A big-picture account of an unremembered war that has uncomfortable parallels with ugly little wars that followed.
Silbey (History/Alvernia Coll.) maintains academic distance, so let the reader insert the appropriate names. A ruler forges from a congeries of tribes a rudimentary nation. Another nation invades, ostensibly to free those tribespeople from oppression. The invader churns up resistance that truly unifies those hitherto scattered tribespeople. Silbey worries at the outset how to characterize the conflict: “If there was no Philippine nation to engage in war or be conquered . . . what happened in the archipelago from 1899 to 1902 was an insurgency, not a war.” Fine distinctions aside, the Americans certainly considered it a war, and so did the Filipinos, and so did subsequent Filipino historians whose work Silbey takes into account, unlike some earlier histories of what has thus been called the Philippine-American War. Silbey is good on the overall shape of the conflict, whose preamble is rebel leader Emilio Aguinaldo’s innocent remark to American officers: “I have studied attentively the Constitution of the United States and in it I find no authority for colonies and I have no fear.” He had reasons to be afraid, as Filipino forces began to suffer casualties that outnumbered American losses. Massacres ensued on both sides—and Silbey says too little about the American counterinsurgency techniques, among them assassination and torture, that led Mark Twain to suggest that the stars on our flag be replaced with skulls. It was a war against “niggers,” “gooks,” “chinks” and “redskins,” and on this racist dimension Silbey is quite good. When one black detachment arrived to fight, he notes, a white man yelled, “What are you coons doing here?” The reply came from several black soldiers at once: “We have come to take up the White Man’s Burden.”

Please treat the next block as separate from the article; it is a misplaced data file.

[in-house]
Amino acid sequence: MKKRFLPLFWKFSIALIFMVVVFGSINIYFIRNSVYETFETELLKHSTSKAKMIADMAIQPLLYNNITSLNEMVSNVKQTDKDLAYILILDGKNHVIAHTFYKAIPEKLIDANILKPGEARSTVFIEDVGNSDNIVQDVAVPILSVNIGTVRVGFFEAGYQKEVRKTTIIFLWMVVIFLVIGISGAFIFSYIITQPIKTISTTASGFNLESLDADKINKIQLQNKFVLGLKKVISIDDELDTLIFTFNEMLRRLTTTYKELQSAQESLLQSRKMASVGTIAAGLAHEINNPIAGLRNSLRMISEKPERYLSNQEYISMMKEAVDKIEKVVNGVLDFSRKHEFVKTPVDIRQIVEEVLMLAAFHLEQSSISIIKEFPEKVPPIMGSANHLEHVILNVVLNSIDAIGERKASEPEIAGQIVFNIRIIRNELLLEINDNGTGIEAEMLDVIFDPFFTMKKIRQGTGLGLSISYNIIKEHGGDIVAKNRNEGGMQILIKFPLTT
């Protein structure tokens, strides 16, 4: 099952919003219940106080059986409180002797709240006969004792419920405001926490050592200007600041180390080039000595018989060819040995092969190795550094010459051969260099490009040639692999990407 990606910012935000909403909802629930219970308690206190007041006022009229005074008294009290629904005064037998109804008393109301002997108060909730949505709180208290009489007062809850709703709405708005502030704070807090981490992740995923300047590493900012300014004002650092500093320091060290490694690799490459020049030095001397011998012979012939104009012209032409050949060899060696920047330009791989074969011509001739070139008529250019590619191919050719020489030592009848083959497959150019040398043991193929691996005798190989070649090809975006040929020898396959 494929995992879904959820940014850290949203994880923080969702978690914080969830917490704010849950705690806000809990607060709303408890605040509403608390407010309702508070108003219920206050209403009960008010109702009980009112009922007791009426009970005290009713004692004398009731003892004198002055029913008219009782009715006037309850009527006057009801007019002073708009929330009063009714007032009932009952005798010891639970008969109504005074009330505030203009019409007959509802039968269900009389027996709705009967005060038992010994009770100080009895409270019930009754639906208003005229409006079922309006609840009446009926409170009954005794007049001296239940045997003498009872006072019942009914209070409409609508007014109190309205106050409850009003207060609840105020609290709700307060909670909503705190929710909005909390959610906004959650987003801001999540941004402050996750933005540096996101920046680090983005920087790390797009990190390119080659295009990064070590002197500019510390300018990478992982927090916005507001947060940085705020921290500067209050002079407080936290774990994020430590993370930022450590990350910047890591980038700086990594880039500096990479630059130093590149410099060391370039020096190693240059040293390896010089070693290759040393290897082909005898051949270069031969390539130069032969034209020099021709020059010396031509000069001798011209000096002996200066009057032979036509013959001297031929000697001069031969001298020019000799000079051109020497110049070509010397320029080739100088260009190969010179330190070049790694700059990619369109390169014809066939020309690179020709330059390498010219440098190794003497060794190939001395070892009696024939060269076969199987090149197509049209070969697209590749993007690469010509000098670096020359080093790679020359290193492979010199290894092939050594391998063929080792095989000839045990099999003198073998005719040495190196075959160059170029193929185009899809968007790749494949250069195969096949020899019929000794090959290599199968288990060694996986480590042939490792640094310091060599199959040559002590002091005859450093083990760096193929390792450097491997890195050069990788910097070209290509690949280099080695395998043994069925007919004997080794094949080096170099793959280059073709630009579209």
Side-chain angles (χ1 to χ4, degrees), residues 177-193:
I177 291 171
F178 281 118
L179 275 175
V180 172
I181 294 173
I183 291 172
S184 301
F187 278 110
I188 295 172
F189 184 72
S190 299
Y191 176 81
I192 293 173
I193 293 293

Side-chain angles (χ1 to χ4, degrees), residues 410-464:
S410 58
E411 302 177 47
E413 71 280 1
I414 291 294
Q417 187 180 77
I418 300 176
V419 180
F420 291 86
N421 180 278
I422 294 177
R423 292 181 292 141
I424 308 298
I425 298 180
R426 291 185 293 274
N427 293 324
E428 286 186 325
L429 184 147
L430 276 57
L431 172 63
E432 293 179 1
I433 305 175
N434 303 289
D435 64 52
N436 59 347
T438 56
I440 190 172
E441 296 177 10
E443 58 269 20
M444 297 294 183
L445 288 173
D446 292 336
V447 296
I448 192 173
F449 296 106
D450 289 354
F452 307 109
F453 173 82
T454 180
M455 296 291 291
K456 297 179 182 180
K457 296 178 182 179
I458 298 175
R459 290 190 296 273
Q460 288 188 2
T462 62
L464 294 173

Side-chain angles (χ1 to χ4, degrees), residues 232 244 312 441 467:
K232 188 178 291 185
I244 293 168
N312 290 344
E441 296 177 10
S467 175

Ironic, bloody, full of foreshadowing: a solid work.